In respect to a chemical product or preparation, section 13 of the Trade Marks Act, 1999 forbids the registration of trade marks that contain a commonly used and accepted name of any single chemical element or chemical compound. It is forbidden to register a word that has been designated by the World Health Organization (WHO) as an International Non-Proprietary Name (INN) or that the Registrar has determined is confusingly close to one. All applications submitted under Class 5 are subject to the provisions of this clause.

Suggesting a false connection

Unless the approval of the relevant living person is acquired, the Registrar may refuse registration of trade marks that fraudulently suggest a link with any live person under Section 14 of the Trade Marks Act, 1999. Similarly, the Registrar may reject trademarks that fraudulently imply a relationship with any person who has passed away within twenty years of submitting the application for registration, provided the agreement of that person's legal representatives is obtained.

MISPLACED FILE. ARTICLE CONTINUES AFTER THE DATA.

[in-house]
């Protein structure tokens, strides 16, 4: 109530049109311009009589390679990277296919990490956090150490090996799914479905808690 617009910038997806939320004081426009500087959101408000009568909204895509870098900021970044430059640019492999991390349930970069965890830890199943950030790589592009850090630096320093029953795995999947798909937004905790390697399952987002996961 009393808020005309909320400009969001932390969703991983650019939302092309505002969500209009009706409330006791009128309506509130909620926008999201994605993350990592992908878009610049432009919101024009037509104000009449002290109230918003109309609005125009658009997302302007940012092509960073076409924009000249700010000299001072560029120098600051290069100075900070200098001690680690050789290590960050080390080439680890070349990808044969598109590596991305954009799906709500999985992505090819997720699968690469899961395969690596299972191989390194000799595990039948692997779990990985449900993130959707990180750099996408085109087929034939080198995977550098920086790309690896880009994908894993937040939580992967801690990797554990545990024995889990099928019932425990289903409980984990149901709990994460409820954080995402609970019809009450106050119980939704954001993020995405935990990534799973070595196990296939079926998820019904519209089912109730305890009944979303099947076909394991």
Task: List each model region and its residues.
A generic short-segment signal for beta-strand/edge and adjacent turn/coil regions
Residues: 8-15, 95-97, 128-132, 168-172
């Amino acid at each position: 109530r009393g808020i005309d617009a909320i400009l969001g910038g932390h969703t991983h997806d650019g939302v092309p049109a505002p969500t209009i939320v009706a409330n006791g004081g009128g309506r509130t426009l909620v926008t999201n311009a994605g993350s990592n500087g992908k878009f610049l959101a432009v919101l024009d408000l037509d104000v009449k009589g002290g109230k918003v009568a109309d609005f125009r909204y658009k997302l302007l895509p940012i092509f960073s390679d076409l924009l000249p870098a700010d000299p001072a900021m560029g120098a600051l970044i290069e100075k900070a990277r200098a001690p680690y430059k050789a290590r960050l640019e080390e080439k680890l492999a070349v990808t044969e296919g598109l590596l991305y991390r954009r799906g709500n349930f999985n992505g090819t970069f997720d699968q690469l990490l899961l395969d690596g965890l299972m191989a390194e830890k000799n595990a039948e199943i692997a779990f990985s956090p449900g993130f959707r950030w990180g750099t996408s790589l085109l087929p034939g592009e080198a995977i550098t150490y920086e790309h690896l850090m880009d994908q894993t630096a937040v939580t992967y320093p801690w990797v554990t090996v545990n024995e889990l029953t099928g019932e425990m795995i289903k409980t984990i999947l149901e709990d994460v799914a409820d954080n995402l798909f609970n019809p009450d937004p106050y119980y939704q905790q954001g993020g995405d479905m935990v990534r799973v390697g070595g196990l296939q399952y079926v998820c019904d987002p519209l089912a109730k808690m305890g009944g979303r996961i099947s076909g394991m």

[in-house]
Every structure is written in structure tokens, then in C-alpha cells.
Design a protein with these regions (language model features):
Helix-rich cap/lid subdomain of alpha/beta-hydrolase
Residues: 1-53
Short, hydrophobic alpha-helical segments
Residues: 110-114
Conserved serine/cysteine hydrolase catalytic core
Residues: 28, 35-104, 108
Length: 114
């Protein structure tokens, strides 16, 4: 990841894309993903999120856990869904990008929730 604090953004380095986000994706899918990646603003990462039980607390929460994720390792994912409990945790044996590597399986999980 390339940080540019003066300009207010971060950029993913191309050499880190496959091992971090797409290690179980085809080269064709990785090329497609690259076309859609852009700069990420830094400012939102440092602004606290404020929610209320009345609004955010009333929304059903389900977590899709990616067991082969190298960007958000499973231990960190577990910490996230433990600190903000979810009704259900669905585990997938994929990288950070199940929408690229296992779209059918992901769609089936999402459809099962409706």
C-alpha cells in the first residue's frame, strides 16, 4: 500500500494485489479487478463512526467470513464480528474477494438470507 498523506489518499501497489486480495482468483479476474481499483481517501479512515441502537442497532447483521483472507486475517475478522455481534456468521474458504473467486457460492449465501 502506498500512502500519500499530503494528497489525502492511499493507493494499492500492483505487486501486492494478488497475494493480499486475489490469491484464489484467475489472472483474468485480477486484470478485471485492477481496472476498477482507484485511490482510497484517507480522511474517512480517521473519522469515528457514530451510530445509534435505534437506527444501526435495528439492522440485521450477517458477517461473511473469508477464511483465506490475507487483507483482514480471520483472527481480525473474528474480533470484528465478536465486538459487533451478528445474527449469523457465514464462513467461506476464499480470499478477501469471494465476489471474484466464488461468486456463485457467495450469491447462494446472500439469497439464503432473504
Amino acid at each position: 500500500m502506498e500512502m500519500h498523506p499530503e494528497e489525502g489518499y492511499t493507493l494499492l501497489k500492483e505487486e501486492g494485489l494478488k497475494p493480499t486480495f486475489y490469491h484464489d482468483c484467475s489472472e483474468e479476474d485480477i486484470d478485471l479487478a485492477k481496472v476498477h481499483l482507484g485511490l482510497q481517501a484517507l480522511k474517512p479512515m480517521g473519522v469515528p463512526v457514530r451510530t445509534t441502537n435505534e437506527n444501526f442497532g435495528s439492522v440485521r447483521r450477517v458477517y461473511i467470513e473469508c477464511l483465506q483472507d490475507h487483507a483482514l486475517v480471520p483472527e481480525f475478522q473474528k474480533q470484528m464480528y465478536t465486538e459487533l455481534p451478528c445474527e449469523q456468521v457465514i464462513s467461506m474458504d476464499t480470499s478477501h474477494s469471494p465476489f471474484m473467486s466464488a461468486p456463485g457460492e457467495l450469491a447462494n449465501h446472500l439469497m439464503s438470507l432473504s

Conclusion

Objections are raised by the registry to increase the efficiency of Trademark system. Objections are raised so as to reduce consumer confusion, defending the rights of existing trademark owners, and maintaining the distinctiveness and exclusivity of businesses. Applications are thoroughly examined by trademark offices to make sure they adhere to legal specifications and to maintain the overall efficacy of trademark protection. As a result, objection should be viewed as a necessary precaution that contributes to the long-term fairness and health of the trademark ecosystem, benefiting both companies and customers. To protect their intellectual property rights, trademark applicants must fully comprehend and negotiate the objections procedure.